HOW FAR WILL
A CITY GO
TO GET
ITS WAY?

JONES V. THE CITY OF
NEW PORT RICHEY

Welcome to Jones v. The City of New Port Richey, a pivotal case spearheaded by éclat Law’s Founding Partner, Kevin Ross-Andino, that scrutinizes the extents of governmental authority concerning police corruption and the lengths a city will go to conceal it. This page will provide a comprehensive overview of the case, a timeline of significant legal proceedings, and the profound impact it has had on our client, Marlowe Jones’ life. We invite you to join us as we explore the complexities of this legal battle and consider the potential implications should similar cases arise in the future. Thank you for visiting and be sure to check back here for updates as the case continues. We trust you will find this page an informative resource!

2023: PREPARE FOR TRIAL

ACTIVIST MARLOWE JONES' LAWSUIT AGAINST NEW PORT RICHEY HEADS TO TRIAL

Marlowe Jones, an activist, has brought a lawsuit against the City of New Port Richey for civil rights violations. The lawsuit is scheduled for trial on November 4, 2024, after two unsuccessful attempts by the City to have it dismissed. The allegations stem from Jones’ arrest and battery charge in 2020, which his lawyer, Kevin K. Ross-Andino of éclat Law, claims was unlawful. Jones is seeking $2 million in damages for violations such as failure to train, false arrest and imprisonment, and intentional infliction of emotional distress. Interestingly, not only has Jones taken on the city, but former resident Michelle Wojciechowski has filed a similar lawsuit with the same high-profile lawyer seeking $1 million in damages for alleged harassment. Jones has also been vocal about unreported city spending at City Hall meetings and has frequently challenged Mayor Alfred “Chopper” Davis on the issue. These events show the complex and controversial nature of the lawsuit and the strong willpower of activist Marlowe Jones. From Creative Loafing Tampa Bay.

TRIAL DATE SET FOR PASCO COUNTY ACTIVIST'S SUIT AGAINST CITY, FORMER LEADERS

After years of legal proceedings, the civil suit between Marlowe Jones and the City of New Port Richey leaders has been scheduled for trial on November 4, 2024. Jones is seeking justice for what he claims was a wrongful prosecution and subsequent emotional distress caused by an incident at a protest in July 2020. Despite being acquitted by a jury in May 2022, the damage had already been done. Fortunately for Jones, body camera footage ultimately proved his innocence, contradicting the allegations that led to his arrest. While most parties connected to the case have declined to comment, an attorney for the former mayor, who is among the defendants, has gone on record denying all of the allegations against his client. As this case moves closer to the trial date, it becomes increasingly clear that the pursuit of justice is not always a swift or straightforward process. From ABC Action News WFTS Tampa Bay.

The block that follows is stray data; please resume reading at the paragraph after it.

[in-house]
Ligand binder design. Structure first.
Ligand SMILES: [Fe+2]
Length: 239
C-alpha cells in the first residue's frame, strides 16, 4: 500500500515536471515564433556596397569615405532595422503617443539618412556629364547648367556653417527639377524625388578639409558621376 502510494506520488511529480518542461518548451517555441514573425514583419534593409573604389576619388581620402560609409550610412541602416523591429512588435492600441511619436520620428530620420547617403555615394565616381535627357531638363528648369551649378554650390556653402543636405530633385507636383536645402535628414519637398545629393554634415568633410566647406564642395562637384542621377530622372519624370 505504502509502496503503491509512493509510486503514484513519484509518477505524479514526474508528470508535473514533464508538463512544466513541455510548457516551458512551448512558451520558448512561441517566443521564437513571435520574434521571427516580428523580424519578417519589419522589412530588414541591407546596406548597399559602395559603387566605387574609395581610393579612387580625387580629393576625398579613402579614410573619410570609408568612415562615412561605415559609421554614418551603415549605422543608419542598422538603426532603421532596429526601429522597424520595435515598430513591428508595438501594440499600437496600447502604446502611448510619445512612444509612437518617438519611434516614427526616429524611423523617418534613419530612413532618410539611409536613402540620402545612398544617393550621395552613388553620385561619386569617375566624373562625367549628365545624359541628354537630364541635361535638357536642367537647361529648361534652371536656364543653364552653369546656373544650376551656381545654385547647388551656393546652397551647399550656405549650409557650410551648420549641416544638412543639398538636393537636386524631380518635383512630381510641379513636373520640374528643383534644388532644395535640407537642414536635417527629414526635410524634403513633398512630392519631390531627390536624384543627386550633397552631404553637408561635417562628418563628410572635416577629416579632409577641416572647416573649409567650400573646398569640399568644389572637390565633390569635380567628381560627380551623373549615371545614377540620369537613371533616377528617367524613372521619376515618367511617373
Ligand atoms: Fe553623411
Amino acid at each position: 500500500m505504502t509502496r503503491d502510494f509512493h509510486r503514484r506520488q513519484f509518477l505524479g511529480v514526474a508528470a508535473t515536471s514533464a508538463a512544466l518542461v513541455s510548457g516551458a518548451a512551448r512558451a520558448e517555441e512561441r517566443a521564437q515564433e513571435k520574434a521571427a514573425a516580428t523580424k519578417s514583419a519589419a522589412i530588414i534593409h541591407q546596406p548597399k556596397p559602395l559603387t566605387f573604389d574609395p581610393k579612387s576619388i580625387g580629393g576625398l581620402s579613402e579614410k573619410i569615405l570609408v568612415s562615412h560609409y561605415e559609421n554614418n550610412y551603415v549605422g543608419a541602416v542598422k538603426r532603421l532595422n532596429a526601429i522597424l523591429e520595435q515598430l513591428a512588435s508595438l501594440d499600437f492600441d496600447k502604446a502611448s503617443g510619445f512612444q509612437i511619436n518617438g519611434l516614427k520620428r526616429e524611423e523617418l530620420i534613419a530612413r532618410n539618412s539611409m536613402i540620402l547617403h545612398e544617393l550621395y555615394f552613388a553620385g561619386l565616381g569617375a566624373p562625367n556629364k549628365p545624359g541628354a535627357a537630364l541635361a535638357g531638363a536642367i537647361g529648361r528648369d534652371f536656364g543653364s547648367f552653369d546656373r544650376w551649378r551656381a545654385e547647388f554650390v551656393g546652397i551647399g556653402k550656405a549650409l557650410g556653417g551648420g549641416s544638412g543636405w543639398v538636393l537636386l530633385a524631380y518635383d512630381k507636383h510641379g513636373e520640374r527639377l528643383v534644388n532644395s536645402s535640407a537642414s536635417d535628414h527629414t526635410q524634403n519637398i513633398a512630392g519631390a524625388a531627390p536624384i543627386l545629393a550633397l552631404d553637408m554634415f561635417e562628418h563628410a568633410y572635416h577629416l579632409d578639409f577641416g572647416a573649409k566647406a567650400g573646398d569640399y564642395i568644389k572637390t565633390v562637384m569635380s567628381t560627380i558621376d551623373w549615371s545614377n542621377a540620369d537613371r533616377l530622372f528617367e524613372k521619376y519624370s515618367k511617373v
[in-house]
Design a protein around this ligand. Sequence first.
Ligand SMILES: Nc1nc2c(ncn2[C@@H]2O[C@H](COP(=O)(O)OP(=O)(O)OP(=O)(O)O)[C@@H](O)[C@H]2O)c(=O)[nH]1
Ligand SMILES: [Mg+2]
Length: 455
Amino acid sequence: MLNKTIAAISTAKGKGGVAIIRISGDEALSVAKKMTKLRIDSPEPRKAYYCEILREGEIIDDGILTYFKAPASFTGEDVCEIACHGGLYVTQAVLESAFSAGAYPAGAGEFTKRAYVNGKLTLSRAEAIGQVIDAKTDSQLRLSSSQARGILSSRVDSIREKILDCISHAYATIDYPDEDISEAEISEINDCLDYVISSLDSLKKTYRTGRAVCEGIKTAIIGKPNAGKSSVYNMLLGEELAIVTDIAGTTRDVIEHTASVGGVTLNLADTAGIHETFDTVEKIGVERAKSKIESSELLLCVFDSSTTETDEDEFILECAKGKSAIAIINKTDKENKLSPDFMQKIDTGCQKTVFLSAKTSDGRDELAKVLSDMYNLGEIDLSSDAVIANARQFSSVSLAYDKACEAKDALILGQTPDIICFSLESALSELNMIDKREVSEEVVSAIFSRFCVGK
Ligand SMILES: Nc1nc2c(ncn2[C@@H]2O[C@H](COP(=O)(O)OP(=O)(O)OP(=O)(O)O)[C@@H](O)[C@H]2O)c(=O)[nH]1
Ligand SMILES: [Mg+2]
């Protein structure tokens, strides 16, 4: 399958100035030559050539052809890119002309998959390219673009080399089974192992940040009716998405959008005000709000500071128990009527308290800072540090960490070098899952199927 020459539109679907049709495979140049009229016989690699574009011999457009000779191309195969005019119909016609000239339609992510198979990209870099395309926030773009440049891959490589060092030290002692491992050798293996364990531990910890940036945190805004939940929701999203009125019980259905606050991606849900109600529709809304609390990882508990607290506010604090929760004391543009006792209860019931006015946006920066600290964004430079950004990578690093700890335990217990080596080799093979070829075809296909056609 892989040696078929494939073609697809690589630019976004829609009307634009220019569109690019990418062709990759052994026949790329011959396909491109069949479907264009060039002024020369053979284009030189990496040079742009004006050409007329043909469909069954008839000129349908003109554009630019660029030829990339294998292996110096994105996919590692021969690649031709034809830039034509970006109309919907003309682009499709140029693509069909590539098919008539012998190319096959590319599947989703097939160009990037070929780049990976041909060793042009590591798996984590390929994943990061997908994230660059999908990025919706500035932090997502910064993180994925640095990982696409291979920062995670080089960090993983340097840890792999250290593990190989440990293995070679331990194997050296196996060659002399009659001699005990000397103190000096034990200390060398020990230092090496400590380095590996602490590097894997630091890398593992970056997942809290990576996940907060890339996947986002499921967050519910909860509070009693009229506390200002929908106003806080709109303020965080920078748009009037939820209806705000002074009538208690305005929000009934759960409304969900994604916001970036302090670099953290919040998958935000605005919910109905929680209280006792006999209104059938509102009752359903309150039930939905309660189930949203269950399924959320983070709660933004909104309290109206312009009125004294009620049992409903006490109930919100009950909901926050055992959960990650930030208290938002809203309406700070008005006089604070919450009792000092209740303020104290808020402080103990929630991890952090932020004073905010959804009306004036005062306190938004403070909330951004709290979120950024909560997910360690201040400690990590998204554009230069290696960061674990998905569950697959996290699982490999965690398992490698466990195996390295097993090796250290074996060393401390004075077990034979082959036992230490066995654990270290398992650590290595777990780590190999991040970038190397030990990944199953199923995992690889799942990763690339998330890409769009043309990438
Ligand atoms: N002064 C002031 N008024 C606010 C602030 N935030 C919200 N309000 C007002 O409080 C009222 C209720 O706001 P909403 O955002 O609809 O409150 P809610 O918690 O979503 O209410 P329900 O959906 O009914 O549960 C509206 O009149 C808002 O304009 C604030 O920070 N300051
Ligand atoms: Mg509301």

2023: THE CONTINUING STORY

MORE CIVIL LAWSUITS LINED UP FOR THE CITY OF NEW PORT RICHEY

éclat Law, led by Founding Partner Kevin Ross-Andino, has been retained by seven residents of New Port Richey to represent them against the city, with demands ranging from $2 million to $5 million. Another lawsuit has been filed already, and we anticipate several other lawsuits will be filed as more residents reach out to us seeking justice.

2023: CIVIL CASE UPDATE

REP. MICHELE RAYNER TALKS INTELLECTUAL HONESTY, AND MARLOWE JONES GIVES UPDATE ON LAWSUIT AGAINST NEW PORT RICHEY

WMNF public affairs program “The Skinny” interviews Marlowe Jones in light of his case’s most recent update: a judge denied the City of New Port Richey’s motion to dismiss.

JUDGE DENIES NEW PORT RICHEY'S MOTION TO DISMISS LAWSUIT FROM BLACK LIVES MATTER PROTESTOR

After Jones’s legal team struggled to serve individuals named in the original complaint, with as many as seven attempts made, they were forced to remove Debbie Manns, Kim Bogart, Timothy Berge, Christopher Mellecker, Nicholas Rickus, and Robert Marlowe as Plaintiffs. Judge Kathryn Kimball Mizelle accepted the amended complaint and denied NPR’s motion to dismiss the Jones complaint in its entirety. From Creative Loafing Tampa Bay.

JUDGE REFUSES TO DISMISS LAWSUIT AGAINST NEW PORT RICHEY

A federal judge has denied the city’s request to dismiss Jones’s case, allowing him to move forward with a $2 million lawsuit. The experience has left Jones with physical pain, nightmares, depression and PTSD, but he remains grateful for the support of his family and community. As lead organizer for Faith in Florida, he hopes his experience will inspire others to stand up for their constitutional rights and prevent similar incidents from occurring in the future. From Suncoast News.